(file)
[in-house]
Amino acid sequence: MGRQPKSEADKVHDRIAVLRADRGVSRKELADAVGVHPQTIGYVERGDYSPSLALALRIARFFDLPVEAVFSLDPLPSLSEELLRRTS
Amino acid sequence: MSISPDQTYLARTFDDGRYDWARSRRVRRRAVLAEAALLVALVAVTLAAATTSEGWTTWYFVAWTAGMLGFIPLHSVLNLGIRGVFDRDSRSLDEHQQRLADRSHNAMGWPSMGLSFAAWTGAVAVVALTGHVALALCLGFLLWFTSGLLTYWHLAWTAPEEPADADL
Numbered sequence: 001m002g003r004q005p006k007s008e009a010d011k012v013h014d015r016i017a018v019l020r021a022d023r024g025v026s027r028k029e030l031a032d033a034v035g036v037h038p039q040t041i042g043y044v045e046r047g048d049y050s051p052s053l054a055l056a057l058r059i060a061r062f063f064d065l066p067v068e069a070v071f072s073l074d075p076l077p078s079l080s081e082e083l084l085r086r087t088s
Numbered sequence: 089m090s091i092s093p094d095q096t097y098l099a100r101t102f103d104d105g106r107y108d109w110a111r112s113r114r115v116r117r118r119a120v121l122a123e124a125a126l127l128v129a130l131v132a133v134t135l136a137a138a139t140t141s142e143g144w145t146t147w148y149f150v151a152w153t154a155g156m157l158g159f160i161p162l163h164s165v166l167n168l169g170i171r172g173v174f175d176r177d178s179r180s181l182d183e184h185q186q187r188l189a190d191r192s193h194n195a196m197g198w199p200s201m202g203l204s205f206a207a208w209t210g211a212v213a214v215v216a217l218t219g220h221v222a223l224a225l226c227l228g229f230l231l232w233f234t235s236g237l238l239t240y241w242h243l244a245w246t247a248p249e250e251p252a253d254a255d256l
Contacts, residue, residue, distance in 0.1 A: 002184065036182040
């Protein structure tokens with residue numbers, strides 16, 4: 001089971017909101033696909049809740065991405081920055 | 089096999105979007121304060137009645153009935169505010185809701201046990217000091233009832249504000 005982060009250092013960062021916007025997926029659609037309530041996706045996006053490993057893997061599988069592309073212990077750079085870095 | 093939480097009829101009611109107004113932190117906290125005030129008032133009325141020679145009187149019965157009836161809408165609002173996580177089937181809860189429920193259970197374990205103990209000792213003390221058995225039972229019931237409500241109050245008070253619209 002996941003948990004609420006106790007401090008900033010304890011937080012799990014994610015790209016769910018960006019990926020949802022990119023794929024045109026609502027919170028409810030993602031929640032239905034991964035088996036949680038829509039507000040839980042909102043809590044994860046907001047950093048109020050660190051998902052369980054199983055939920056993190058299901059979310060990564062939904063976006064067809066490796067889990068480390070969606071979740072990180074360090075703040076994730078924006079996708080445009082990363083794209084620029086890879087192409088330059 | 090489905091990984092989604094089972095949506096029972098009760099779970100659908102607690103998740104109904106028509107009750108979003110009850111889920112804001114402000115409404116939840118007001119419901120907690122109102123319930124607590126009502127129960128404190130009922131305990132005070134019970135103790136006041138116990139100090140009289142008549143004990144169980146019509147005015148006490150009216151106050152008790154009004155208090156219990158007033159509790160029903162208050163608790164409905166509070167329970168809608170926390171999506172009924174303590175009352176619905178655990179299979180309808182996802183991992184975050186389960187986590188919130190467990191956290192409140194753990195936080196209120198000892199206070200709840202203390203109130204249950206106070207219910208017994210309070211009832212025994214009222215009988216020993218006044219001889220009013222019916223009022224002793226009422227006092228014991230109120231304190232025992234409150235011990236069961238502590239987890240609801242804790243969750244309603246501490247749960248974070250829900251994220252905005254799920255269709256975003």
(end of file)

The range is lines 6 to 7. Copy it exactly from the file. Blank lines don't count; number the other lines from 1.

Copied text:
Contacts, residue, residue, distance in 0.1 A: 002184065036182040
């Protein structure tokens with residue numbers, strides 16, 4: 001089971017909101033696909049809740065991405081920055 | 089096999105979007121304060137009645153009935169505010185809701201046990217000091233009832249504000 005982060009250092013960062021916007025997926029659609037309530041996706045996006053490993057893997061599988069592309073212990077750079085870095 | 093939480097009829101009611109107004113932190117906290125005030129008032133009325141020679145009187149019965157009836161809408165609002173996580177089937181809860189429920193259970197374990205103990209000792213003390221058995225039972229019931237409500241109050245008070253619209 002996941003948990004609420006106790007401090008900033010304890011937080012799990014994610015790209016769910018960006019990926020949802022990119023794929024045109026609502027919170028409810030993602031929640032239905034991964035088996036949680038829509039507000040839980042909102043809590044994860046907001047950093048109020050660190051998902052369980054199983055939920056993190058299901059979310060990564062939904063976006064067809066490796067889990068480390070969606071979740072990180074360090075703040076994730078924006079996708080445009082990363083794209084620029086890879087192409088330059 | 090489905091990984092989604094089972095949506096029972098009760099779970100659908102607690103998740104109904106028509107009750108979003110009850111889920112804001114402000115409404116939840118007001119419901120907690122109102123319930124607590126009502127129960128404190130009922131305990132005070134019970135103790136006041138116990139100090140009289142008549143004990144169980146019509147005015148006490150009216151106050152008790154009004155208090156219990158007033159509790160029903162208050163608790164409905166509070167329970168809608170926390171999506172009924174303590175009352176619905178655990179299979180309808182996802183991992184975050186389960187986590188919130190467990191956290192409140194753990195936080196209120198000892199206070200709840202203390203109130204249950206106070207219910208017994210309070211009832212025994214009222215009988216020993218006044219001889220009013222019916223009022224002793226009422227006092228014991230109120231304190232025992234409150235011990236069961238502590239987890240609801242804790243969750244309603246501490247749960248974070250829900251994220252905005254799920255269709256975003």